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Susan Smith-Harmon

Susan Smith-Harmon

   CHICAGO (AP) - An Illinois judge promises to rule on the future of a lawsuit seeking to legalize same-sex marriage in the state.

   The lawsuit was filed last year by 25 gay couples who want the right to marry.

   Cook County Judge Sophia Hall is expected to rule Friday on a motion to dismiss the case.

   Lawyers for five downstate county clerks who are defending the ban want the case tossed. Plaintiffs' attorneys want the judge to let the lawsuit stand - then rule immediately that they won the lawsuit and that the ban is illegal.

   The clerks won permission to defend the ban after Cook County's top prosecutor and the Illinois attorney general refused to do so, saying the 17 year old ban violates the state constitution.

   Illinois legalized civil unions two years ago.

 

SLCC Meramec instructor honored for saving student

Friday, 27 September 2013 03:08 Published in Local News

   St. Louis Community College Trustees are honoring the instructor who stopped an attack on a student in a Meramec campus bathroom last April, by creating a scholarship in her name.  

   Adjunct Professor Aurora Hill had heard Blythe Grupe's screams and rushed to her aid, confronting her attacker and restraining him until police arrived.  Eighteen yr. old Jevon Mallory has been charged in the attack. 

   Hill, who teaches English part time at the school, was honored with a resolution and standing ovation at last night's board meeting.  The $5,000 scholarship in her name will be aimed at helping students who struggled in high school make the transition to college.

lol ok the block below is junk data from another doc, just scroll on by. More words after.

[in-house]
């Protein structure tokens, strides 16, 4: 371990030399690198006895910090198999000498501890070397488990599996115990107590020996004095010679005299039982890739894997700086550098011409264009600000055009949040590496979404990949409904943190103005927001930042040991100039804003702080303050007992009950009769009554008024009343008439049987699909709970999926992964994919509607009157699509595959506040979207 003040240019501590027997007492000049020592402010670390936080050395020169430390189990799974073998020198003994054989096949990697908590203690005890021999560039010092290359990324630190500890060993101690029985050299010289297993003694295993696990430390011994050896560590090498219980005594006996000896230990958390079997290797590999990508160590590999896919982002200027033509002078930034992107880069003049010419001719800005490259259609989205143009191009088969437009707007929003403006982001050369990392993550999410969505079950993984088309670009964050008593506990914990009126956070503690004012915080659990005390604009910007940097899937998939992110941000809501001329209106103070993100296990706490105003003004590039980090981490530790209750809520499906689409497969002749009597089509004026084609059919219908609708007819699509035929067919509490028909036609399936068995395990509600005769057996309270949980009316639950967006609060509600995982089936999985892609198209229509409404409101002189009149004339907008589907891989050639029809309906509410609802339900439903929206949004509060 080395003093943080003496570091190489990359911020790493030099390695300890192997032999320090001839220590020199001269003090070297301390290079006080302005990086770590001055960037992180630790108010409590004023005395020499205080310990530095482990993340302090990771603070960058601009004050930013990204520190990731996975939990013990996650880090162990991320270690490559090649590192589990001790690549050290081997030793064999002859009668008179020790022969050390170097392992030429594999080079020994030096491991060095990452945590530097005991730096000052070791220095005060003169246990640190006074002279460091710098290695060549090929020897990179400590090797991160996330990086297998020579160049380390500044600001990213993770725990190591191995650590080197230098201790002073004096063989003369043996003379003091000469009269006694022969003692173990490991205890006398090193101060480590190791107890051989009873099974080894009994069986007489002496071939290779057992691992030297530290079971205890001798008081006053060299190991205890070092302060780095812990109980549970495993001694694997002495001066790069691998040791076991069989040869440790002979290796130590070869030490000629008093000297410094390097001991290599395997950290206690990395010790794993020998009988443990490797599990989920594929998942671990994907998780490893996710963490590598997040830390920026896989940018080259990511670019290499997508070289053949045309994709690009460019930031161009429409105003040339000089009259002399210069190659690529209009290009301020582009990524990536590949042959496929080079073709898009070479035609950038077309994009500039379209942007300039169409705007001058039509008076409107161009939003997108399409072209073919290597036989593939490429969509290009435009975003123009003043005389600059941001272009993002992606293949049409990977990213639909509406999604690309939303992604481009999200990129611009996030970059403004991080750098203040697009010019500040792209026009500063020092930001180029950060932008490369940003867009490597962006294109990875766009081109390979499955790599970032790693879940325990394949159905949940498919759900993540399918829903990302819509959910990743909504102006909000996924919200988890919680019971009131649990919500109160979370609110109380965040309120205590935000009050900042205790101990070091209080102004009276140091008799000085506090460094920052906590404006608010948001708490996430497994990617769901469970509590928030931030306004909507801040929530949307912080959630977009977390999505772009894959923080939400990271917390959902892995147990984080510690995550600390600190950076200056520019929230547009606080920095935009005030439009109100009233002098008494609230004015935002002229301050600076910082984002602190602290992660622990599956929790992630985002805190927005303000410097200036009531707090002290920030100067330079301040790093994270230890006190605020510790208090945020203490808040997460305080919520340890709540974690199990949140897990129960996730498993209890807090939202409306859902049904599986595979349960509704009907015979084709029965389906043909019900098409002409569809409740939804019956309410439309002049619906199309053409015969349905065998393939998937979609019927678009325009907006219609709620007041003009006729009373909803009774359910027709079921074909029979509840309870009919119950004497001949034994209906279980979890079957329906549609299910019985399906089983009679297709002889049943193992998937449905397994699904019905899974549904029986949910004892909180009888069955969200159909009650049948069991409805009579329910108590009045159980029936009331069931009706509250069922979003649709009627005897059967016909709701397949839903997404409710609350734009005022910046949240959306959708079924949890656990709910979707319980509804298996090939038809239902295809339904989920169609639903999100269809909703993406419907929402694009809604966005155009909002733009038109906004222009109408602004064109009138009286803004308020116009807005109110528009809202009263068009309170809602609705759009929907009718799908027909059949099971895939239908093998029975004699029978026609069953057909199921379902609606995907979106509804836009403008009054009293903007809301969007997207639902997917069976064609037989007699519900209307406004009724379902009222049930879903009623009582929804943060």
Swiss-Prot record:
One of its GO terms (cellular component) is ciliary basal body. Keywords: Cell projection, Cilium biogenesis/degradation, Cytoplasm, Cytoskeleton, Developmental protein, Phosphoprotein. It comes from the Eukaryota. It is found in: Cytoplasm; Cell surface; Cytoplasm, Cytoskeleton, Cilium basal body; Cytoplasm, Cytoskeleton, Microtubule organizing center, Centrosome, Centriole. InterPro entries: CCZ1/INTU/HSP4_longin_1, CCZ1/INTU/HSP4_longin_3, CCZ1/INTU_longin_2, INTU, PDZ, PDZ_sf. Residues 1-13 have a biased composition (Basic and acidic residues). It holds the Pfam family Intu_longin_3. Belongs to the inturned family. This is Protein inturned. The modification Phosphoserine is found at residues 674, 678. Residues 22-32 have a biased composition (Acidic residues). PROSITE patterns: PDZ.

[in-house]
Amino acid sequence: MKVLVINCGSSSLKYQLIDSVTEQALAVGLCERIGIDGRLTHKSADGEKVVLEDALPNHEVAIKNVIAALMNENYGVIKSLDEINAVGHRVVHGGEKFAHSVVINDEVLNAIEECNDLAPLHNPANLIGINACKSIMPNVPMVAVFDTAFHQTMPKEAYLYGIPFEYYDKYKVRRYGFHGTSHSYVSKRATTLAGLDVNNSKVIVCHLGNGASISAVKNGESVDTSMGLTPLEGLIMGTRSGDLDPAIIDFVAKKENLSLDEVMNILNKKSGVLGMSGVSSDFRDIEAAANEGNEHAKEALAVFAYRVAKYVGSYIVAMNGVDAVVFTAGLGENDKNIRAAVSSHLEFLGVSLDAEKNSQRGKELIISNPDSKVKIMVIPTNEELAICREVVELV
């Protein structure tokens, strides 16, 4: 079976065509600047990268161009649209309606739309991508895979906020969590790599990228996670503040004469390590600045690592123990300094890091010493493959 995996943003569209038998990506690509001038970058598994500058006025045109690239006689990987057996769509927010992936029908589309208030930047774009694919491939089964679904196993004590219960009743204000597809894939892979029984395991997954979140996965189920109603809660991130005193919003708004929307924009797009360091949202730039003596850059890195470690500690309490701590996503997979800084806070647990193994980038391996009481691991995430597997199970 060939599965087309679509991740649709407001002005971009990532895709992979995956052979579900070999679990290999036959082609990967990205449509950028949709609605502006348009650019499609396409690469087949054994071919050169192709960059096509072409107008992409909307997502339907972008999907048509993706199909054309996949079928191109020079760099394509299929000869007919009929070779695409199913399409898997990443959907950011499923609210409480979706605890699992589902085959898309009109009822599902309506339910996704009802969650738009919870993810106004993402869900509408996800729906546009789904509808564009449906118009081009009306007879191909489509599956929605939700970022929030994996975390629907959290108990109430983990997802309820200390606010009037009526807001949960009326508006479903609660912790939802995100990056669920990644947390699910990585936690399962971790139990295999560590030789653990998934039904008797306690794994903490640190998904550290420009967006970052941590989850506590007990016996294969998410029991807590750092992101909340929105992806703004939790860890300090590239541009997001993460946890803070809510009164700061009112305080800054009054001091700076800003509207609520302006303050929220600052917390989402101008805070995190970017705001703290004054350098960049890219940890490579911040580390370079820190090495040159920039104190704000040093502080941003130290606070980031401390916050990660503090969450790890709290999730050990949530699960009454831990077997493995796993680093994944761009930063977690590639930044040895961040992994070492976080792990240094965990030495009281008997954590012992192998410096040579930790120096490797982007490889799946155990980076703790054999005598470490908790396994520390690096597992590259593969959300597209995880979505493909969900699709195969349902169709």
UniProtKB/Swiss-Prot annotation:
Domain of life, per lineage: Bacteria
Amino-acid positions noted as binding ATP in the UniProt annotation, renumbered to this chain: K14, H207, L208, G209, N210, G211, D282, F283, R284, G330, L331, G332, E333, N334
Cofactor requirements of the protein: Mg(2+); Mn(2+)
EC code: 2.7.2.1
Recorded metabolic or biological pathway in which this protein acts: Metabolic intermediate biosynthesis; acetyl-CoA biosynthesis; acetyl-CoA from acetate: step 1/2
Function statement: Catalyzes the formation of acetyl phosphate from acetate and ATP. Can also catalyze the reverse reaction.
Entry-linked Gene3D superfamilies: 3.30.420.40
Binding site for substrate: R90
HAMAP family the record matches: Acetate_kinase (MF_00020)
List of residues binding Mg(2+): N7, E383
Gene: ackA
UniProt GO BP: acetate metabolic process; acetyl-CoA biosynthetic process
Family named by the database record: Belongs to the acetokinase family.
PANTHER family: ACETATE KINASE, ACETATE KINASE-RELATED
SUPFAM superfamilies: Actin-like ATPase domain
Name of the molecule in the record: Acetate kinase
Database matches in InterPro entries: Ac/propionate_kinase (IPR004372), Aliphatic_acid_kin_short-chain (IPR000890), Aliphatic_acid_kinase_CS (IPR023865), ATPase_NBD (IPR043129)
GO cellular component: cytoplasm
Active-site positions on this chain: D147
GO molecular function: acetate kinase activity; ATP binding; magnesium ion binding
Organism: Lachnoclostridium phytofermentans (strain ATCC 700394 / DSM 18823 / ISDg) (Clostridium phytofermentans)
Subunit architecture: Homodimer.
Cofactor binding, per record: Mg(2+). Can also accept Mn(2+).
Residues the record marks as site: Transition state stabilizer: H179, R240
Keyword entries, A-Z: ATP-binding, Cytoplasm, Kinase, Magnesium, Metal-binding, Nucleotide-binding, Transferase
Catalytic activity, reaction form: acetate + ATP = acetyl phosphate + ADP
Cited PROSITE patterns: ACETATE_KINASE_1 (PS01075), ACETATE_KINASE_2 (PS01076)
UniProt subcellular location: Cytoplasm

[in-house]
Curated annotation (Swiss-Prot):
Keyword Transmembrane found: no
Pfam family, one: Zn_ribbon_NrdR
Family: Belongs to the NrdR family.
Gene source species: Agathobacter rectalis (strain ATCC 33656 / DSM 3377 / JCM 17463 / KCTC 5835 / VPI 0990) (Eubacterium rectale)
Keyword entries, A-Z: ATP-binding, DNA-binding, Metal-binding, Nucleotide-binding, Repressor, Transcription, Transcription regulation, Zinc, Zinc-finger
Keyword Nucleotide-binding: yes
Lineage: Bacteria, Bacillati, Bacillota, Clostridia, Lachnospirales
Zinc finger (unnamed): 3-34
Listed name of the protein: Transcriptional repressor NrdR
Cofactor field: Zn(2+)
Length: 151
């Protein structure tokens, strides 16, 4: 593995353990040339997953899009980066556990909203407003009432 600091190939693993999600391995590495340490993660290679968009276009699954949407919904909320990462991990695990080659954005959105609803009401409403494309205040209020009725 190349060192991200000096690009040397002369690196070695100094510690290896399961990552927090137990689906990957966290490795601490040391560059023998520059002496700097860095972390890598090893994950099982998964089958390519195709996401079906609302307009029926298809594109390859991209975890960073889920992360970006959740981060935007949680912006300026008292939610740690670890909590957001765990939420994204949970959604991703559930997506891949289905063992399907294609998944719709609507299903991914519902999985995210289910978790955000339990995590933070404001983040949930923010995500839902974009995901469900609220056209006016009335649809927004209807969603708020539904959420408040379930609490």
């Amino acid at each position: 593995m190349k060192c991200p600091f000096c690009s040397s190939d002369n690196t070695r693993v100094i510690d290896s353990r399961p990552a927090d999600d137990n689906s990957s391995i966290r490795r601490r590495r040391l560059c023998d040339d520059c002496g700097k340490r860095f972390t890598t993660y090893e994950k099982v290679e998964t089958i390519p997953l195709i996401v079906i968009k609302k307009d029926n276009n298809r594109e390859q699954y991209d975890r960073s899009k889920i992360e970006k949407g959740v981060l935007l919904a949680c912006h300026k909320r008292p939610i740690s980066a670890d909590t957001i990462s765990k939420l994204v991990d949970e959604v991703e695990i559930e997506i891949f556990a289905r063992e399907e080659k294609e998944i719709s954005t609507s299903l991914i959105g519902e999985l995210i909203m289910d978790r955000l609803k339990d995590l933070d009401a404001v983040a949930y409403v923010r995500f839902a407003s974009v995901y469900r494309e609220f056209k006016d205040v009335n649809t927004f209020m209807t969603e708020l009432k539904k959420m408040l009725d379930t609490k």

The victim was also at last night's ceremony.  Blythe Grupe told Fox 2 News that Hill's actions made the difference that day and she glad the college is honoring her teacher.  "It's just been such a relief knowing that good things can come out of this," Grupe said.

   The school's mishandling of the attack aftermath led to resignations by several high level college officials.  

   Both Hill and Grupe say its time to move forward.

Quinn: Juvenile justice has made great strides

Friday, 27 September 2013 02:15 Published in Local News

   CHICAGO (AP) - Gov. Pat Quinn says he hasn't seen a report released Thursday that details inadequate conditions at juvenile detention centers, but Illinois has made "important strides" with fewer juveniles incarcerated.

   Quinn told reporters Thursday that Illinois has to have a system where young people who make mistakes pay their debt and face consequences. He says if the report raises issues, they'll be looked at.

   Watchdog group the John Howard Association released a review Thursday on conditions at a Kewanee facility specializing in treatment for juveniles with mental health issues.

   Another report was submitted in federal court as part of the settlement. It describes incarcerated teens mowing lawns during the school day and being routinely subjected to more solitary confinement than necessary.

   Juvenile detention centers house more than 800 juvenile inmates.

 

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